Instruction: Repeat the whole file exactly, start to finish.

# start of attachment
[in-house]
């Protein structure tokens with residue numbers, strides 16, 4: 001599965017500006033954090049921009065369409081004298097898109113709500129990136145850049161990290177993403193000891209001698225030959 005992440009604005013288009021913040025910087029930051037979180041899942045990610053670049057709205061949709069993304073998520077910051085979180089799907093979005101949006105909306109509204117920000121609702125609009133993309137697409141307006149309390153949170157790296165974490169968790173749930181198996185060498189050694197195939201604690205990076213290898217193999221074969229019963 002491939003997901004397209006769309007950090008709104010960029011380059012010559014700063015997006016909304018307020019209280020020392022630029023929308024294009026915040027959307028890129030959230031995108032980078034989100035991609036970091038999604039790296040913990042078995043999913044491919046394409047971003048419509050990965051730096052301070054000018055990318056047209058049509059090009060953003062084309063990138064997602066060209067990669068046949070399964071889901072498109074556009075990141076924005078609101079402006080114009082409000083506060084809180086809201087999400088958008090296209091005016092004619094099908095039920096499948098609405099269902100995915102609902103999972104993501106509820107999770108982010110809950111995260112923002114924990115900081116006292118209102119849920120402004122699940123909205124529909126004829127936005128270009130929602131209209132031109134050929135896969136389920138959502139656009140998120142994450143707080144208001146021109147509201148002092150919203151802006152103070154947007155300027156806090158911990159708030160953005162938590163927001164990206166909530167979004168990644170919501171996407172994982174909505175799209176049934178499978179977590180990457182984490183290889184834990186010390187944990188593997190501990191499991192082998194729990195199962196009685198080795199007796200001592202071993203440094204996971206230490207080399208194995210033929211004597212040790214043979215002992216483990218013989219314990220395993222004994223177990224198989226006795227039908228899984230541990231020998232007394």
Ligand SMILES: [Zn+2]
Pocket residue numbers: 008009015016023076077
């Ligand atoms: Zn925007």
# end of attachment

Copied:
[in-house]
């Protein structure tokens with residue numbers, strides 16, 4: 001599965017500006033954090049921009065369409081004298097898109113709500129990136145850049161990290177993403193000891209001698225030959 005992440009604005013288009021913040025910087029930051037979180041899942045990610053670049057709205061949709069993304073998520077910051085979180089799907093979005101949006105909306109509204117920000121609702125609009133993309137697409141307006149309390153949170157790296165974490169968790173749930181198996185060498189050694197195939201604690205990076213290898217193999221074969229019963 002491939003997901004397209006769309007950090008709104010960029011380059012010559014700063015997006016909304018307020019209280020020392022630029023929308024294009026915040027959307028890129030959230031995108032980078034989100035991609036970091038999604039790296040913990042078995043999913044491919046394409047971003048419509050990965051730096052301070054000018055990318056047209058049509059090009060953003062084309063990138064997602066060209067990669068046949070399964071889901072498109074556009075990141076924005078609101079402006080114009082409000083506060084809180086809201087999400088958008090296209091005016092004619094099908095039920096499948098609405099269902100995915102609902103999972104993501106509820107999770108982010110809950111995260112923002114924990115900081116006292118209102119849920120402004122699940123909205124529909126004829127936005128270009130929602131209209132031109134050929135896969136389920138959502139656009140998120142994450143707080144208001146021109147509201148002092150919203151802006152103070154947007155300027156806090158911990159708030160953005162938590163927001164990206166909530167979004168990644170919501171996407172994982174909505175799209176049934178499978179977590180990457182984490183290889184834990186010390187944990188593997190501990191499991192082998194729990195199962196009685198080795199007796200001592202071993203440094204996971206230490207080399208194995210033929211004597212040790214043979215002992216483990218013989219314990220395993222004994223177990224198989226006795227039908228899984230541990231020998232007394």
Ligand SMILES: [Zn+2]
Pocket residue numbers: 008009015016023076077
């Ligand atoms: Zn925007």